Then again, it’s encouraging to learn that American parents and Americans with high manufacturing familiarity are nearly twice as likely to encourage their children to pursue a manufacturing career than non-parents and those with low familiarity. What’s more, Americans have expressed interest for programs that focus on hands-on skills development like internships, apprenticeships and certification on manufacturing skills as possible ways to attract talent to manufacturing. Indeed, 67 percent of the respondents said they believe internships and apprenticeship programs would increase interest in manufacturing careers.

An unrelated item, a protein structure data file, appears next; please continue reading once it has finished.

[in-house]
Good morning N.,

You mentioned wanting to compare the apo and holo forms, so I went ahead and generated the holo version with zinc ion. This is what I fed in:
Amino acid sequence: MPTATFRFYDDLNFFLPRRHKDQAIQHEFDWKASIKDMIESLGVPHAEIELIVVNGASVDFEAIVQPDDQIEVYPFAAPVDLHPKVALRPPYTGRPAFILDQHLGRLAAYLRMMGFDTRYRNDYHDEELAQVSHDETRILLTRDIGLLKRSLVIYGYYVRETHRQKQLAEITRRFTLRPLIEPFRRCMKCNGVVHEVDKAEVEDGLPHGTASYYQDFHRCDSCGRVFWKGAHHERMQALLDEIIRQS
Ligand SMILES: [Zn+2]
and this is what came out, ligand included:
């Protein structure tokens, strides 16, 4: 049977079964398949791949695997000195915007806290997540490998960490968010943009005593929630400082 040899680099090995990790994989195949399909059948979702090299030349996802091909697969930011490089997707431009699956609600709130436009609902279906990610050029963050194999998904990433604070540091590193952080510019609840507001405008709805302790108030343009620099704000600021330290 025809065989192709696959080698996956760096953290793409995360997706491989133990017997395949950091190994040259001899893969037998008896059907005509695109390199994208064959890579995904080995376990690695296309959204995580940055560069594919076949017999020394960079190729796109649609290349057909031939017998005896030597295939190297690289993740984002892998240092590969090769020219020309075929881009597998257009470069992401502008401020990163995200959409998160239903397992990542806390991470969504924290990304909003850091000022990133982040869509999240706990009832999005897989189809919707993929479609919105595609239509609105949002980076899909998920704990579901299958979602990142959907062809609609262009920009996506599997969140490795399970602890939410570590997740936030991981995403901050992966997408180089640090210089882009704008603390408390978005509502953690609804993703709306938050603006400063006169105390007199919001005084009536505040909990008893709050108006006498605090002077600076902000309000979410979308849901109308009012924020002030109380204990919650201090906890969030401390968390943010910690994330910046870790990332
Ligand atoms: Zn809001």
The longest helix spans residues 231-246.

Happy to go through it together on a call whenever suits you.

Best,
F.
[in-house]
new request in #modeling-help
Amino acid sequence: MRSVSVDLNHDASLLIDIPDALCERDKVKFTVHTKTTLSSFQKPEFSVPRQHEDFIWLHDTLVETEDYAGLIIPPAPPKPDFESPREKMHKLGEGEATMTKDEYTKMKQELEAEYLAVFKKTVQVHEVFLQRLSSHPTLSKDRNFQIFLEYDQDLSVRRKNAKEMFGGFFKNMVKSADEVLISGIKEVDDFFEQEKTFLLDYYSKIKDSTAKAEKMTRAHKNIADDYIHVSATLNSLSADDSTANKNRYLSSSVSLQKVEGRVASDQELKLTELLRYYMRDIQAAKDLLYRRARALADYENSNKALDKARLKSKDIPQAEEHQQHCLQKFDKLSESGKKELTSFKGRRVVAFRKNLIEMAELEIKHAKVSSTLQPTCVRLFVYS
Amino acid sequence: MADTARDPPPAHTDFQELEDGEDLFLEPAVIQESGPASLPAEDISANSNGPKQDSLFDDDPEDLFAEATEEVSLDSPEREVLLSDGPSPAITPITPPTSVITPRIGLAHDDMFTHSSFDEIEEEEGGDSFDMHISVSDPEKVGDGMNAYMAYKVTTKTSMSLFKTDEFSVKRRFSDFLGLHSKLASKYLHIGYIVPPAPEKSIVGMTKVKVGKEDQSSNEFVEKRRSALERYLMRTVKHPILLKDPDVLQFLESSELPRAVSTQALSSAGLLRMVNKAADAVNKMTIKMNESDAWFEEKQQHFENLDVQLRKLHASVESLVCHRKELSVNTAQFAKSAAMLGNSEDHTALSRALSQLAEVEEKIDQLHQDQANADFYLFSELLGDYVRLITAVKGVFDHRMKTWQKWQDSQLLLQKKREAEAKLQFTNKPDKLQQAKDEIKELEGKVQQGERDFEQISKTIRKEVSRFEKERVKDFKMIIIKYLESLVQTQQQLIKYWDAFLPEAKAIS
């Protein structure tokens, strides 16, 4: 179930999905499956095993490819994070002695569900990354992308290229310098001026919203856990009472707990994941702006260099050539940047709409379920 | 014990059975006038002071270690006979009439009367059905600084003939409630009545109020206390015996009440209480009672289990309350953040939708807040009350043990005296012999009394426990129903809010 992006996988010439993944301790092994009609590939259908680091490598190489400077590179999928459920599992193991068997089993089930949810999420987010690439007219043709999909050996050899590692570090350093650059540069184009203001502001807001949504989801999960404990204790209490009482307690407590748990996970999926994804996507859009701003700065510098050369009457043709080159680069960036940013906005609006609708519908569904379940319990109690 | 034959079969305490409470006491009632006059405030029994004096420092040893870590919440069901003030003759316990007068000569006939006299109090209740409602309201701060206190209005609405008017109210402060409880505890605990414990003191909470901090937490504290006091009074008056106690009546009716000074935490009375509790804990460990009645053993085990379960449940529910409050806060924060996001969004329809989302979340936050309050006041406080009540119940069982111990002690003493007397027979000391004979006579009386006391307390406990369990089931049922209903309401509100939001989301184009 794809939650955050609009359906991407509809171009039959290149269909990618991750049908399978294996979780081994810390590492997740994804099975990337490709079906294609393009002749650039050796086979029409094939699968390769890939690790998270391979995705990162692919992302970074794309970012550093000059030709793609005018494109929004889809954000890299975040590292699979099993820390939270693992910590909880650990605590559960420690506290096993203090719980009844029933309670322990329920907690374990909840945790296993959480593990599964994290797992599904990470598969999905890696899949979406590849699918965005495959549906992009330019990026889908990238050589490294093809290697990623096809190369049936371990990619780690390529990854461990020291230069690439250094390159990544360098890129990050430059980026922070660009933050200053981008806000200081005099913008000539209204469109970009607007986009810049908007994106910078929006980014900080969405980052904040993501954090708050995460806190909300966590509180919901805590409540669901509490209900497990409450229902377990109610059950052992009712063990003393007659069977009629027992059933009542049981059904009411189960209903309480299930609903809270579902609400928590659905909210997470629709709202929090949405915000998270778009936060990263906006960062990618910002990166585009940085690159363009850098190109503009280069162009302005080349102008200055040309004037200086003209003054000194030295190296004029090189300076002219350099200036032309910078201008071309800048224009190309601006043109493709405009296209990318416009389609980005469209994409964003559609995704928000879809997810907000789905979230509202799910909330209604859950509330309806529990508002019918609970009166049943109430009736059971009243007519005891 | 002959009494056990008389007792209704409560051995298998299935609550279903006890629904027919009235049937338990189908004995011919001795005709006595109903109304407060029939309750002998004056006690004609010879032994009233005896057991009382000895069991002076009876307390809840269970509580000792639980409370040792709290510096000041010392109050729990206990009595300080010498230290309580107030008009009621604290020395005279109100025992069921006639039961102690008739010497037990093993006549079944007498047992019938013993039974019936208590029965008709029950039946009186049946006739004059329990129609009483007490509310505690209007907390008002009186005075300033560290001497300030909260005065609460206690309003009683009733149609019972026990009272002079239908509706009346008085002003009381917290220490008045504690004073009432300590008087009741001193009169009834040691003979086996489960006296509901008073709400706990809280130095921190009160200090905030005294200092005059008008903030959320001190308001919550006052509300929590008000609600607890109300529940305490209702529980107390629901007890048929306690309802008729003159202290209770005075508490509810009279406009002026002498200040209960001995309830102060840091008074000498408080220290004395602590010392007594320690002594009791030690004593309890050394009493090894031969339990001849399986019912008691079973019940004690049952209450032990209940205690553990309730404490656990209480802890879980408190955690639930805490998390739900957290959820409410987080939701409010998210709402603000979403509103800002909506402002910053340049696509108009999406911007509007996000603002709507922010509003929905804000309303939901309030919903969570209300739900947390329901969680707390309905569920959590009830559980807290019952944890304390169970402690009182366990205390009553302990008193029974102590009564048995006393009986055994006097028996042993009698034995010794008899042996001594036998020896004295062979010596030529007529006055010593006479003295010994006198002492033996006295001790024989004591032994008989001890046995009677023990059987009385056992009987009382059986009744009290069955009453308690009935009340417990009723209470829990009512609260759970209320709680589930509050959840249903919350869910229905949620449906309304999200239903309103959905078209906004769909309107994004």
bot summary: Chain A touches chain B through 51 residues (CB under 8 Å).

What are your thoughts about manufacturing in the U.S. and the future of manufacturing jobs? Do they survey findings mirror your beliefs?

COSCO Shipping’s container ship Development set a record last week as the largest vessel to cross the expanded Panama Canal. This week, it set another record as the largest container ship to arrive at the Virginia International Gateway terminal in Portsmouth at the Port of Virginia—and is the largest ship ever to call on the United States’ East Coast as well.


“This is what we have been preparing for: the talk is over, the big ships are here,” Virginia Port Authority Executive Director and CEO John F. Reinhart said, the Newport News Daily Press reports.


The Neopanamax vessel is 1,200-feet-long and 158-feet-wide, which is the length of one Eiffel Tower or eight Statues of Liberty. The ship can carry the equivalent of 13,092 20-foot equivalent units (TEUs), containers that are 20 feet long. The Development’s capacity is 3,000 TEUs larger than the previous largest ship to call on the Port of Virginia.